GH: You’re too kind. There are many reasons to abandon a manuscript, logistical or otherwise, if the project is a “productive failure.” To abandon a project isn’t necessarily giving up, rather moving on to apply what has been learned to something else. Many writers never publish their first novel, so it becomes part of a larger process, rather than product. (In traditions like sand paintings and mandalas, ephemerality is built into the very form—or a literary analogy might be Penelope’s nightly unweaving of her shroud.) The House Enters the Street was my first novel (written) but ended up my third book (published). I couldn’t have written the “first” books, Galerie de Difformité and On Marvellous Things Heard, without having written The House Enters the Street. Along the way, the manuscript taught me many things about writing, as it received a number of recognitions but many more rejections, often very nice while boiling down its lack of marketability. Readers tended to gravitate toward the novel’s parts rather than its whole, thinking I should stick with this or that storyline, or character or style, rather than embrace their totality. As I tried to rewrite along narrative-minded preferences, the novel’s life slowly died. The enterprise rested not only on the integrity of each part but the networks that wove them together, as if the novel were an echochamber holding a beating heart. After a few years of re-writing, I went back to the draft that had resonated for me (the one to which you referred, which had been the runner-up for the AWP Award) and made minimal changes and sent it to a few last presses, including Starcherone Books. It seemed a small wonder that the novel finally was published, even though I still think of The House Enters the Street as a “productive failure.” (Then again, I usually find productive failures more interesting than successes.) Little encouragements, like the nod from AWP and other contests, or publications of excerpts in literary journals, or the random person coming up after a reading to connect—can be all that’s needed for a writer to believe that she should keep writing. Life has too many other options and priorities. Many of the writers in my M.F.A. program seemed to want to be writers from in utero, but I came to writing later and via a detouring path, certainly not destined, more of a detour. It was a happy accident, to be sure, but I don’t flatter myself to think that anyone is itching to read my work. Geographic moves mean I throw away a lot—partly because papers breed quickly in small spaces. Even if some things get tossed or lost, it’s important to make room for whatever the future might bring. Process matters more to me than product.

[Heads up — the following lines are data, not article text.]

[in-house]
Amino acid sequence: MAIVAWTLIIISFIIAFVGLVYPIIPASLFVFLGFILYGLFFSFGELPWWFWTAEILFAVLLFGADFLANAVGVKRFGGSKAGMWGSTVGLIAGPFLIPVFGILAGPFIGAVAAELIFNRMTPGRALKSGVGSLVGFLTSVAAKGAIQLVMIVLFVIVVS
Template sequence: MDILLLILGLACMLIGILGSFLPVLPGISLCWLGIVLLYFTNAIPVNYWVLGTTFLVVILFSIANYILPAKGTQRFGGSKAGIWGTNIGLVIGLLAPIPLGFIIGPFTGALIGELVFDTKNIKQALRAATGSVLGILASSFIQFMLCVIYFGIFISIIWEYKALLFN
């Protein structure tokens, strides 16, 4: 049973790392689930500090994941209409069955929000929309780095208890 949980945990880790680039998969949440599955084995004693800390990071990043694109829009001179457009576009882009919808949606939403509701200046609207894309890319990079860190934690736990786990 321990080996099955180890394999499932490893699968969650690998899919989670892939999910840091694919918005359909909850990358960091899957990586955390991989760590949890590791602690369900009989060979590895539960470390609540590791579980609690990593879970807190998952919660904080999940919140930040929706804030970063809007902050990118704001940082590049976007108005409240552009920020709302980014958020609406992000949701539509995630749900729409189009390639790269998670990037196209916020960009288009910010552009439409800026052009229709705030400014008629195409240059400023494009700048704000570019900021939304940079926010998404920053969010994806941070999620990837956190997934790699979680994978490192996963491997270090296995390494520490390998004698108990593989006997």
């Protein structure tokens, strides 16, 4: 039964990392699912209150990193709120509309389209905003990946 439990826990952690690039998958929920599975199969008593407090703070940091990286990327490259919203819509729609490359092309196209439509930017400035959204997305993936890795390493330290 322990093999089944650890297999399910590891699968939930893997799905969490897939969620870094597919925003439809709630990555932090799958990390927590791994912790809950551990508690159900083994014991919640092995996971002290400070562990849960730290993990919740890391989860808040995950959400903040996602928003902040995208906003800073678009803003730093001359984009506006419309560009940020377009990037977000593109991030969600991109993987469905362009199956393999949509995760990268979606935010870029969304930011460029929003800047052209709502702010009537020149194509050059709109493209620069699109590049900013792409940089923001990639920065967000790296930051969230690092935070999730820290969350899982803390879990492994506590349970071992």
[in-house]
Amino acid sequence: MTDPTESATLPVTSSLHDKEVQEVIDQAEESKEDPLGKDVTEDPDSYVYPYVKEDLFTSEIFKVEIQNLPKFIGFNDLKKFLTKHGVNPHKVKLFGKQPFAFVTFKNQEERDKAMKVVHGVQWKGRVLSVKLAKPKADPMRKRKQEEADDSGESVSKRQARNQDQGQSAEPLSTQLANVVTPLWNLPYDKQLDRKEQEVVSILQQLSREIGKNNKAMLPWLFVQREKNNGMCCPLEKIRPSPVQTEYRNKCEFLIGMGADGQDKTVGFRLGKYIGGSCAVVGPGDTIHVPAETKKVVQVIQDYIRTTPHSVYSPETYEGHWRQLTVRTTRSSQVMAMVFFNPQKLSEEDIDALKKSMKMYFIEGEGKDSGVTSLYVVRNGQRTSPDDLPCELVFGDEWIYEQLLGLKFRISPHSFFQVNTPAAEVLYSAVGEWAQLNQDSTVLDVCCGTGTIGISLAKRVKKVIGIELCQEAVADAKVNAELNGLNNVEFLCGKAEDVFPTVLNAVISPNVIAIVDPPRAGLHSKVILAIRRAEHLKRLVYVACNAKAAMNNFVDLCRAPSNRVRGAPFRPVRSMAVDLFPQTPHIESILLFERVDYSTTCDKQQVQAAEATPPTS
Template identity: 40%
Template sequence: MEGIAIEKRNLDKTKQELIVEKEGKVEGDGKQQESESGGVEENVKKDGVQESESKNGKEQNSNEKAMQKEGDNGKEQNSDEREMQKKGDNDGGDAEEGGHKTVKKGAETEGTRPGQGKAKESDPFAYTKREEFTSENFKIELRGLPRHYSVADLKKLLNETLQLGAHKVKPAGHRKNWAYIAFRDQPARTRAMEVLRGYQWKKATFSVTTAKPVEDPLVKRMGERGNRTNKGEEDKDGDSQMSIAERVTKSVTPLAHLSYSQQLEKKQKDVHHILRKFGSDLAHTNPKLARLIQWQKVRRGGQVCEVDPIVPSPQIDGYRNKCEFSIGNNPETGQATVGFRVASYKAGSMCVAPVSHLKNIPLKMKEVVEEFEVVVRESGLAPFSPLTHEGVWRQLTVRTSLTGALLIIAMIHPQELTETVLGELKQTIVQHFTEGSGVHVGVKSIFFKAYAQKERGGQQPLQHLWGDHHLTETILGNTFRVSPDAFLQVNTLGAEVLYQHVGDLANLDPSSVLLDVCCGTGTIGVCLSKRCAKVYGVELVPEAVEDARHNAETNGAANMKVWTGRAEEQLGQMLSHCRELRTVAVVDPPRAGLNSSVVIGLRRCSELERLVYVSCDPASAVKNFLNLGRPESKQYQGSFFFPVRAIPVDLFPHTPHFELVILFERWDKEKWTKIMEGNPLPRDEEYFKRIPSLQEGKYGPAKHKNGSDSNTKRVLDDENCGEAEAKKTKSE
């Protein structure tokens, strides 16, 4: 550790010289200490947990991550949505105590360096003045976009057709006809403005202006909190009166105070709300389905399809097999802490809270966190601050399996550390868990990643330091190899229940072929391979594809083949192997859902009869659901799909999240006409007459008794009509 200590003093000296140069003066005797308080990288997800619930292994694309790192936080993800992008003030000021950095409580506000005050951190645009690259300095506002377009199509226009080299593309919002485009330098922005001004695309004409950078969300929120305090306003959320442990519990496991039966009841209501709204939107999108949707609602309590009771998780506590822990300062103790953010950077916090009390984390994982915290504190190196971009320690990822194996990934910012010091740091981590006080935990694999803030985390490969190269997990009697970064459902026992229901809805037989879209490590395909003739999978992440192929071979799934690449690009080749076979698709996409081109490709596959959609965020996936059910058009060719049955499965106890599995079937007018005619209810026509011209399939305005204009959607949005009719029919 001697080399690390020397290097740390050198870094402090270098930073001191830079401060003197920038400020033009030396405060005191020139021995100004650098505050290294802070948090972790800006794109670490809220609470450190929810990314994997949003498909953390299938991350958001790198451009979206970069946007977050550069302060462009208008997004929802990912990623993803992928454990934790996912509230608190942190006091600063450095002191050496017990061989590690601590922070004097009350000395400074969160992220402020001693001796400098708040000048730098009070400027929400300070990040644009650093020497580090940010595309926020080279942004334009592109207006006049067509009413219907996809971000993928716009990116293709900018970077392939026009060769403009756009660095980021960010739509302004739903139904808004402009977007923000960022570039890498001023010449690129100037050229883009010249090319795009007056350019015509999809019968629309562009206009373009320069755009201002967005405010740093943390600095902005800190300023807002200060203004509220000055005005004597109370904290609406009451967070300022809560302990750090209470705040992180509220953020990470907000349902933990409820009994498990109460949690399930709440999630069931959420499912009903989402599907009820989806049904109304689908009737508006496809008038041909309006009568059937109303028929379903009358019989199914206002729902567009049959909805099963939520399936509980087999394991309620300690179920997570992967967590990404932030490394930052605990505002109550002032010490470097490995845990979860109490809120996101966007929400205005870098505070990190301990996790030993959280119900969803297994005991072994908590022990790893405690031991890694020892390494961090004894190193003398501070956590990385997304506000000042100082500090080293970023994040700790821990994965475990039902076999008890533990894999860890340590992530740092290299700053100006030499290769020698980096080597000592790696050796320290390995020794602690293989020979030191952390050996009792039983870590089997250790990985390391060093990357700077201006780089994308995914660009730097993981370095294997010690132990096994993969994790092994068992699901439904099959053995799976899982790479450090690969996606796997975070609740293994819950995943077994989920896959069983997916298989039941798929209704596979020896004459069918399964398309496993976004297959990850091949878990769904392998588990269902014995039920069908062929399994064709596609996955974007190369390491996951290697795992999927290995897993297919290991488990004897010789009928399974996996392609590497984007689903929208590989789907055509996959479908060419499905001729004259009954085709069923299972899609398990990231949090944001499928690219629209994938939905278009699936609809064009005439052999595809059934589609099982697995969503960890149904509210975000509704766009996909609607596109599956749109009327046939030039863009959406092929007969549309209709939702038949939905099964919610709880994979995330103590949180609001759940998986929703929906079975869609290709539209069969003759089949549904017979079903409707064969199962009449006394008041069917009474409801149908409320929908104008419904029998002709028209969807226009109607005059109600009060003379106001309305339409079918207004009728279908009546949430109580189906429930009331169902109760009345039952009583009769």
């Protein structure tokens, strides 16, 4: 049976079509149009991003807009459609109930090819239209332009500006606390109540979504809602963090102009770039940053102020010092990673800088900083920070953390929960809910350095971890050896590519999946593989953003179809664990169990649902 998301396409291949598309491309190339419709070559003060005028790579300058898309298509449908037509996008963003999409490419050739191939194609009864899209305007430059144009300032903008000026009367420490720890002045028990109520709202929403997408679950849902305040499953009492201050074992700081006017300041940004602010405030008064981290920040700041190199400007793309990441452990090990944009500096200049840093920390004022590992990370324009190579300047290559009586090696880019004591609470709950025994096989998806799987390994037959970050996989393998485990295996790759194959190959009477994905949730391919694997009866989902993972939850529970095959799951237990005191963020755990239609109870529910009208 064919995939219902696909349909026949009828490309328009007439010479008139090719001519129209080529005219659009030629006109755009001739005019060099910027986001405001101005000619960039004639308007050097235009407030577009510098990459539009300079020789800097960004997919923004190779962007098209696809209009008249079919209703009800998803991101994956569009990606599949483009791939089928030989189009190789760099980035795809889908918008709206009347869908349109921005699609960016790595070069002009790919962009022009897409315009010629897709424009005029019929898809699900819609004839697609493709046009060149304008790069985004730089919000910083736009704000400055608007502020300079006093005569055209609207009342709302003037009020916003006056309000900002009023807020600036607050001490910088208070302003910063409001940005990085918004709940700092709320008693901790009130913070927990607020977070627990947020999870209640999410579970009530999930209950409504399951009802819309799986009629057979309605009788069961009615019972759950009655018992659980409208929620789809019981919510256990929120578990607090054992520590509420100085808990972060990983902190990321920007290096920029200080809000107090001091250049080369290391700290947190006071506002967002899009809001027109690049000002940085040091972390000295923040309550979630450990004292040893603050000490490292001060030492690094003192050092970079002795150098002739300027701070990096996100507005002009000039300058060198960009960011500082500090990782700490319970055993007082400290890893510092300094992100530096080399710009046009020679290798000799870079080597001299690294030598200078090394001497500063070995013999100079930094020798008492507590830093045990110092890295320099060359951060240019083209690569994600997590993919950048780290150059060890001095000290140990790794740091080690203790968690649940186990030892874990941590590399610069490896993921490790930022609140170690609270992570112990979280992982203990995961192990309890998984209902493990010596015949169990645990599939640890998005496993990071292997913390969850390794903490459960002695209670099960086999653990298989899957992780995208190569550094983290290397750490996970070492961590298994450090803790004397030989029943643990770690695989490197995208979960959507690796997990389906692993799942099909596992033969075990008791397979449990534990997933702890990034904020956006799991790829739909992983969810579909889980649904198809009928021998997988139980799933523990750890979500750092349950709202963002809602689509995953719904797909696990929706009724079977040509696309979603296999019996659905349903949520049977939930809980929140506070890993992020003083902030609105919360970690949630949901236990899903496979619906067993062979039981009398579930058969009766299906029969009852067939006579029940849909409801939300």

JP: You also call this a “modulating manuscript.” What do you mean by that?